Finance Hack of the day - Exploiting A startup's stock options Right of First Refusal


When you exercise options at a startup, there is a clause that gives the company the first right of refusal. This is the rule we aim to exploit.

As an early employee 1-7 in Silicon Valley, you are probably looking at .01%-1% in equity. A startup is usually starting out with 10,000,000 shares, meaning you are probably given somewhere in the range of 100,000 shares over a three year vesting. At the end of three years, your hope is they are worth something and more importantly that you have someone to sell them to and don’t have to wait for an IPO. But lets say you don’t want to wait. Lets say you want to sell them on the market to a private investor. Maybe you quit the company, don’t believe in the vision, or disagree with the founders. Now you just want your money. This is the target stock holder we need for this hack.

The exploit uses a little piece in at the startups stock option agreement, which will state that if you sell your shares to a third party the company has the first right to purchase those shares at the price you agreed on with that third party person. What we want (As the exploiter) to happen is to find companies that use the right of first refusal and purchase the shares. How? Well, we will simply take a no risk approach and test the waters. How? Let me explain with an example:

The first part of this exploit is finding an old employee of a startup that has left the company. This is a good sign that they don’t have a close attachment to their stock and are likely happier with cash today than holding out for tomorrow. You make an agreement with this person to purchase there stock for around 50 cents under the previous round of investment price. Lets say the person you contact owns 100,000 shares and are genuinely interested in cashing out their stock. The company within the last 12-18 months went through a Series B with shares were priced at $2. So you make an offer of $1.50 to the person willing to sell you their shares. This is fairly cut and dry. The seller is going to make $150,000 right off the bat at this price and likely paid under 20 cents per share being an early employee. You are simply giving this person the chance for an early exit and cash on their shares. There’s no scam or cheating anyone in this exploit. The trick comes next.

You (The exploiter) make an agreement with the seller that says you are going to tell the startup that you are buying the shares for $2 so the startup is encouraged for the deal to go through as it will be in line with the previous rounds investment, but it’s still probably below what the next round of investors are going to pay, making this is an attractive stock buy back price for the startup or one of its investors. If the startup decides to pull the right of first refusal and purchases the shares at the $2, then the seller pays the exploiter (the guy that put this deal together - You) the difference in the stock price. In this case 50 cents. The seller still made his original $1.50 and is happy and you the exploiter are merely asking for the 50 cent premium for the “work” you did to put the deal together and didn’t end up with any stock. The stock is never the goal. No money has transferred hands and no money is ever risked. if the startup doesn’t pull the right of first refusal, you as the exploiter simply don’t sign the agreement. The key is to push the stock purchase agreement pass the company to see what’s going to happen. If they don’t purchase, that’s the only time the seller who was hoping for $1.50 per share gets stiffed as he no longer has a buyer. You as the exploiter - walk from the deal stating something along the lines of the valuation was incorrect or some hoopla like that.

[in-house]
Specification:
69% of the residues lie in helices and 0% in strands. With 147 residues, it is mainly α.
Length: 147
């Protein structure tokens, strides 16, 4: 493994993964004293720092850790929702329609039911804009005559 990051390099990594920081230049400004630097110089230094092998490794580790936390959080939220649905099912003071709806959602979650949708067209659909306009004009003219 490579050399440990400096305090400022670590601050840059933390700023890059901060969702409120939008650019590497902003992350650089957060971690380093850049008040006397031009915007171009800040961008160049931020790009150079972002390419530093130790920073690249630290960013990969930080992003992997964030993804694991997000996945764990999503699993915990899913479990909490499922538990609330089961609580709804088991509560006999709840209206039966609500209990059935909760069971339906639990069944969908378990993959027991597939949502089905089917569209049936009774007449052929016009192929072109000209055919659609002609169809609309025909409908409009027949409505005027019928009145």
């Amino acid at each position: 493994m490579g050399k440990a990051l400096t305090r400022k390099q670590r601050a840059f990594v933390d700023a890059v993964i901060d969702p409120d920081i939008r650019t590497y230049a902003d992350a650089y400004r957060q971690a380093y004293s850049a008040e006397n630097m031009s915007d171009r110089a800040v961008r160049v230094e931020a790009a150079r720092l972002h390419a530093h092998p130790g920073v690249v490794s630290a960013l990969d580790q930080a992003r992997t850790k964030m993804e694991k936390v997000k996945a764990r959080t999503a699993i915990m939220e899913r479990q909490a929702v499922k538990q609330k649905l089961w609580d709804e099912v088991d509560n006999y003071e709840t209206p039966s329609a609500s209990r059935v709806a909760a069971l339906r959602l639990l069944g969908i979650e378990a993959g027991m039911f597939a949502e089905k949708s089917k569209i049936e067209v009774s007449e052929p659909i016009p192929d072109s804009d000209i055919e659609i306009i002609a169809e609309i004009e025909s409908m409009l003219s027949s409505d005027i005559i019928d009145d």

Your hope as the exploiter is to locate startups that want to keep early round stock prices up and want to keep equity in the company to be used in later rounds to give to new employees. All this comes down to getting the startup to execute its right of first refusal and you the exploiter taking the difference in price between the agreement you made with the stock seller and the price you are submitting to the startup.

This is a numbers game. You only need one employee per startup to test if a company will execute the Right of First Refusal. Once you find a company that does, you go to after every employee at that company with your stock purchase scheme. In the example above a 50 cent spread on 100,000 shares would be a $50,000 profit with $0 risked. You as the investor are experiencing zero risk. This is merely a numbers game.